The Expectations Game
We’re well into earnings season and we are seeing certain sectors posting pretty extraordinary growth numbers. Companies involved in e-commerce, for example, are experiencing huge spikes in revenue as consumers adapt their spending habits and rely more and more on online shopping in the wake of the CV-19 pandemic.
However, posting great numbers doesn’t always mean the stock is going to go up the next day. Case in point, Etsy (our current Stock of the Month), recently reported a 137% increase in revenue, but the following day, the stock actually went down about 4%.
So, why would that happen?
I’m going to start by saying that worrying about a small drop in share price on a given day is not a very good use of one’s time. An earnings report covers a company’s performance for about 12 weeks — sometimes you’ll see good figures, sometimes you’ll see not-so-good figures. If you’re investing for the long-term, one earnings report shouldn’t have much of an impact on your investment thesis. Occasionally you will get one where the company has really been hit hard and announces something that could result in your thesis being broken, but we’ll discuss those another time.
Here are some reasons that a stock might go down after what appears to be a good earnings report.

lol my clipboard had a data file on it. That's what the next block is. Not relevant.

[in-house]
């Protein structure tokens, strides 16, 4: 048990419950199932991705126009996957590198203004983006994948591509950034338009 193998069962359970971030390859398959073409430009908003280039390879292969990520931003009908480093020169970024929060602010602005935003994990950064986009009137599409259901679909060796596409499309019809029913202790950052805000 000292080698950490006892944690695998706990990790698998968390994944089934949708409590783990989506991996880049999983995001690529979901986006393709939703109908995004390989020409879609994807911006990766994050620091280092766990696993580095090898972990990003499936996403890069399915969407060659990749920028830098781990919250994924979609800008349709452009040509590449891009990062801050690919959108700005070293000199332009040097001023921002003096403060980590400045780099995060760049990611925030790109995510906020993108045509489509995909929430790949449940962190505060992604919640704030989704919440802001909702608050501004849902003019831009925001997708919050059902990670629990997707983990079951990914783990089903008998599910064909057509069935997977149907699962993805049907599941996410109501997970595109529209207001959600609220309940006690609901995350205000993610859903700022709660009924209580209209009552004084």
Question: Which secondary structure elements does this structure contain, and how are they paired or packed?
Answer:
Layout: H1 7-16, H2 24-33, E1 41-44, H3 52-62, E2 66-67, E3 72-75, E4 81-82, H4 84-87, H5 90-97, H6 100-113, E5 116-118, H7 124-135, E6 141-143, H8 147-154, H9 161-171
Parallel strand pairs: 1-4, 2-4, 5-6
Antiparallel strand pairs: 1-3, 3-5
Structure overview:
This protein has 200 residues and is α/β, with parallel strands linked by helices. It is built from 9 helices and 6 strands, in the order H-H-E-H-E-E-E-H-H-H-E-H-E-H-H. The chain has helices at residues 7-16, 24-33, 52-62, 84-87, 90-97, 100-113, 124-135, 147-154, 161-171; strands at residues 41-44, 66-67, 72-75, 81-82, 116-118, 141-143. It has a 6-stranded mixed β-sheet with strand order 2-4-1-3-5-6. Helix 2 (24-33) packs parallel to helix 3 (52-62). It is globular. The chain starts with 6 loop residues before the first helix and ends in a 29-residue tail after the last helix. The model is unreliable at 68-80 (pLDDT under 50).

1. Expectations of Analysts
Over the short term, stocks move in line with sentiment and expectations. It might sound like 100% revenue growth is incredible, but if Wall Street analysts were expecting 110% growth, the expectations haven’t been met and the sentiment sours.
2. Expectations of Investors
Oftentimes you will see a stock’s share price increase quite substantially in the lead up to earnings. This is investors buying into the stock in the expectation that it’s going to beat expectations and see a short-term pop. However, a lot of the time, even with a good report, the stock doesn’t see a pop and those investors take whatever profits they have made and the stock drops. In the Etsy example shown above, the stock had increased by about 15% in the days leading up to the report.
3. Expectations for the Future
The stock market is a forward-looking mechanism. It doesn’t really care about money that’s already been made, it’s focused on what money is going to be made in the future. A company could post amazing growth in the quarter just gone, but management might be cautious regarding the quarter or year ahead. It’s worth noting that many management teams prefer the underpromise/over-deliver approach to guidance (I’m looking at you Wix), so don’t be surprised if they smash past their own expectations the next time around.
4. Mr. Market
Some days Mr. Market is just in a bad mood. It doesn’t care if a company has posted strong earnings. When Mr. Market wants all stocks in the red, all stocks are going in the red.
Short-term stock movements are influenced by earnings reports, analyst updates, investor sentiment, and valuation multiples. Long-term stock movements are based on talented management, economic moats, company culture, and reinvesting profits to grow the business. The former are fickle and incredibly hard to predict. The latter are stable and identifiable.
Focus on the latter and you’ll be a far more successful investor.